OUR VIEW: This community continues to give
Published 10:30 am Friday, January 20, 2023
The tornado cleanup continues in areas around LaGrange, now over a week since severe storms hit our area.
FEMA was in town on Wednesday, and the National Weather Service has released more information on the two tornadoes that hit the area.
While we’re sure most in our community have moved on, there are people still trying to get their lives back together in hard-hit areas. On Friday afternoon from 4 p.m. to 6 p.m., the community is invited to help with the cleanup in the Lexington Park community. It’s being asked that residents donate needed items, such as storage totes, boxes, water, food and trash bags.
The City of LaGrange has also started a GoFundMe to raise money impacted by the tornado, which as we type this had raised nearly $3,000.
While all the cleanup continues, we continue to receive more information on the tornadoes.
Both of the twisters that impacted Troup County were EF-2s, reaching peak wind speeds of 120 miles per hour. The first touched down just south of the Callaway Airport in LaGrange, then traveled along Pegasus Parkway and Whitesville Road.
Eventually, the tornado crossed Interstate 85 and continued to the Baldwin Park community, where more than 30 homes had significant damage, per NWS.
The other tornado is believed to have started around Five Points, Alabama near County Road 114 west of Highway 431. The tornado intensified northeast of Five Points, damaging the roof of a barn and at least one residence before completely destroying an unoccupied manufactured home, per NWS.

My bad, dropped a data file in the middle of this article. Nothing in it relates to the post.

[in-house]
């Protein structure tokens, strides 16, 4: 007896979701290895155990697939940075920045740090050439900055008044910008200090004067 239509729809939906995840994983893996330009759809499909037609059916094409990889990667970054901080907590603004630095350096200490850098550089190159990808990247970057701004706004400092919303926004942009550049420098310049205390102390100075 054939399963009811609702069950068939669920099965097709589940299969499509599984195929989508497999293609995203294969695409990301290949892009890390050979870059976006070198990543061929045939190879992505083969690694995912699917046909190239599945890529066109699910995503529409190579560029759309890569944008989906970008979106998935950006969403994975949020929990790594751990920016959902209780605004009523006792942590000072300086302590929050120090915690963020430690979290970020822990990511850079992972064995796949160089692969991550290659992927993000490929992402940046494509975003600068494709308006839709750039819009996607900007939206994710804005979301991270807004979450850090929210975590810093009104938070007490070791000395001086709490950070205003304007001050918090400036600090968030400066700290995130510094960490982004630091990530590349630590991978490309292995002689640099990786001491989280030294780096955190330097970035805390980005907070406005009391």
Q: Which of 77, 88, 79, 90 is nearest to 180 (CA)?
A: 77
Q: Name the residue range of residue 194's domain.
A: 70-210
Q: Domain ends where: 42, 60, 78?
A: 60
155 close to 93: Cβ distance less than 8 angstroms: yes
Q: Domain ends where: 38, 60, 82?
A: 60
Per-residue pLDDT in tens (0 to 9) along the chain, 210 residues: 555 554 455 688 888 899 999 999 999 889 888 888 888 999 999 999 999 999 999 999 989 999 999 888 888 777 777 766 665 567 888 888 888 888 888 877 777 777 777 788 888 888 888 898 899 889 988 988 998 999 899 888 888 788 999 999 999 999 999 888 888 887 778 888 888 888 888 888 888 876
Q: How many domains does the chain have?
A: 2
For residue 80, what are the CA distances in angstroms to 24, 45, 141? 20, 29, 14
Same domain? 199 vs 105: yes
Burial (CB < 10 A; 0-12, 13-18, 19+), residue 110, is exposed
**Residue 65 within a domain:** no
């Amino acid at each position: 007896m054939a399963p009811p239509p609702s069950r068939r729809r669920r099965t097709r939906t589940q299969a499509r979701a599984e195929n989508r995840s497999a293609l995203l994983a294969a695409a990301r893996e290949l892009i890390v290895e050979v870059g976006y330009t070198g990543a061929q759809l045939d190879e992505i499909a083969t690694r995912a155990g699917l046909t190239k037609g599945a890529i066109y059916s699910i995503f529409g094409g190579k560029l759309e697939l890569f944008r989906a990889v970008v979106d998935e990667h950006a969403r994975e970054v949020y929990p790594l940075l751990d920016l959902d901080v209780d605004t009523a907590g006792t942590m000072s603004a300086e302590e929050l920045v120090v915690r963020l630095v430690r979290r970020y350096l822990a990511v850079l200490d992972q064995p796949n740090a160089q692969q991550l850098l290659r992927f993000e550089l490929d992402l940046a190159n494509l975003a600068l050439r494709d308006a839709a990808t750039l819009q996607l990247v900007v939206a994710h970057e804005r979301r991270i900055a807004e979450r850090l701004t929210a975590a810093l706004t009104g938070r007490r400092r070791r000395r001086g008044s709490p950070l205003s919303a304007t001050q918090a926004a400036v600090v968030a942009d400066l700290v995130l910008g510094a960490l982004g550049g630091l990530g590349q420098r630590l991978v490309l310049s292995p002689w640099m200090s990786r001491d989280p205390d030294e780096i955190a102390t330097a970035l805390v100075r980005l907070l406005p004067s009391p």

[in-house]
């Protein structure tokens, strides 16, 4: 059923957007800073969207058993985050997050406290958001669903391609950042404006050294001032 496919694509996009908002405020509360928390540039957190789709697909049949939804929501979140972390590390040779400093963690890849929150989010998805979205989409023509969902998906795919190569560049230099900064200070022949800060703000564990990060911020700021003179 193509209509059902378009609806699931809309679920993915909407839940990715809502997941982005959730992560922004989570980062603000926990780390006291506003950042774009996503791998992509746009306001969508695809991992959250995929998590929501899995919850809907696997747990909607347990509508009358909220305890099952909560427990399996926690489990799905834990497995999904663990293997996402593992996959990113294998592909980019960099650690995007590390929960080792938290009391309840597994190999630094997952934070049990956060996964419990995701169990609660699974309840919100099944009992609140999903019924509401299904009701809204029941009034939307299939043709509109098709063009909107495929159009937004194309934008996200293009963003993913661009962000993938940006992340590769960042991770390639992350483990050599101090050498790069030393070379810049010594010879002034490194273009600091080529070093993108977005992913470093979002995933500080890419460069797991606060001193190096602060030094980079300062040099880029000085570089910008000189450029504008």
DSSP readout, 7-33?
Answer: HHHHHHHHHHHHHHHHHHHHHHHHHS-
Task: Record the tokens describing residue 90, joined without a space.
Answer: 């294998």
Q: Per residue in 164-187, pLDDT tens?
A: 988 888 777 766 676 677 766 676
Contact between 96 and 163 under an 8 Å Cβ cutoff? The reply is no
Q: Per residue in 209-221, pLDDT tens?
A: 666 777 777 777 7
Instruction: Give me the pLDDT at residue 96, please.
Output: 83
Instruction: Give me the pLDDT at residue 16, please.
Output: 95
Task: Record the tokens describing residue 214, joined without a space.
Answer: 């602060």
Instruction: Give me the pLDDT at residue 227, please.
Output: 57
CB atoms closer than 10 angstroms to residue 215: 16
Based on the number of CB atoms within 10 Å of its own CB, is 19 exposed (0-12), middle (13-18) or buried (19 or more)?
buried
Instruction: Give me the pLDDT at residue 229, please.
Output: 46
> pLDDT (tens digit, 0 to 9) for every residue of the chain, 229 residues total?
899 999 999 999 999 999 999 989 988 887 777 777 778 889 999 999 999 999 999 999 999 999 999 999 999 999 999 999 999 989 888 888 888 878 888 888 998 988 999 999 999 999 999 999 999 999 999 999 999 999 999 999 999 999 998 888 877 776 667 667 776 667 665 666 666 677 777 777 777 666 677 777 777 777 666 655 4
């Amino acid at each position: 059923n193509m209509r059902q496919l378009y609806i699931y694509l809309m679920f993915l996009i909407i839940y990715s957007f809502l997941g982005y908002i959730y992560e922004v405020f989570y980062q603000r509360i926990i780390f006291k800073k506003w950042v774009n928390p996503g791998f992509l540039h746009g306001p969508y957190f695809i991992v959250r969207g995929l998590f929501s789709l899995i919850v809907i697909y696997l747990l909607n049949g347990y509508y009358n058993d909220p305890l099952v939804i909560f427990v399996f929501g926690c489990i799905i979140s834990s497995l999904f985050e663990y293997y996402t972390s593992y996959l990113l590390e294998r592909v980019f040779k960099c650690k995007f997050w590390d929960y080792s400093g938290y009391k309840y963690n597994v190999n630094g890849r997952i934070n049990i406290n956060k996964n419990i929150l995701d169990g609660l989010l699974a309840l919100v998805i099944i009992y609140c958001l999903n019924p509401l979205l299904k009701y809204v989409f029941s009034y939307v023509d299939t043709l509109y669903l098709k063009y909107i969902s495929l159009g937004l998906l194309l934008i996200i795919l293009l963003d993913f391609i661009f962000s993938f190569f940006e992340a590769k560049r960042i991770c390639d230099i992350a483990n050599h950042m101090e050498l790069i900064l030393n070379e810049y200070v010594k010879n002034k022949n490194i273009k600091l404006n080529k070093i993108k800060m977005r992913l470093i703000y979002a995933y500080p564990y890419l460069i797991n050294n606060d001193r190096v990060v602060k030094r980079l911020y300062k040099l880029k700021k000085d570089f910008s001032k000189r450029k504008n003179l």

Reading all of that reinforces how much of an emergency situation this was. Two tornadoes on one day — at the same time. That’s about as real as it gets when it comes to a natural disaster in our community.
We’re thankful that Troup County is rallying around the storm victims to help them clean up the mess left behind. We encourage you to help if you can.
Thank you to everyone — and we mean everyone — who has played a role in informing the public, helping storm victims, donating a dollar or a pack of water. This community always opens up their wallets when disaster strikes, and it’s doing that again when many need it the most.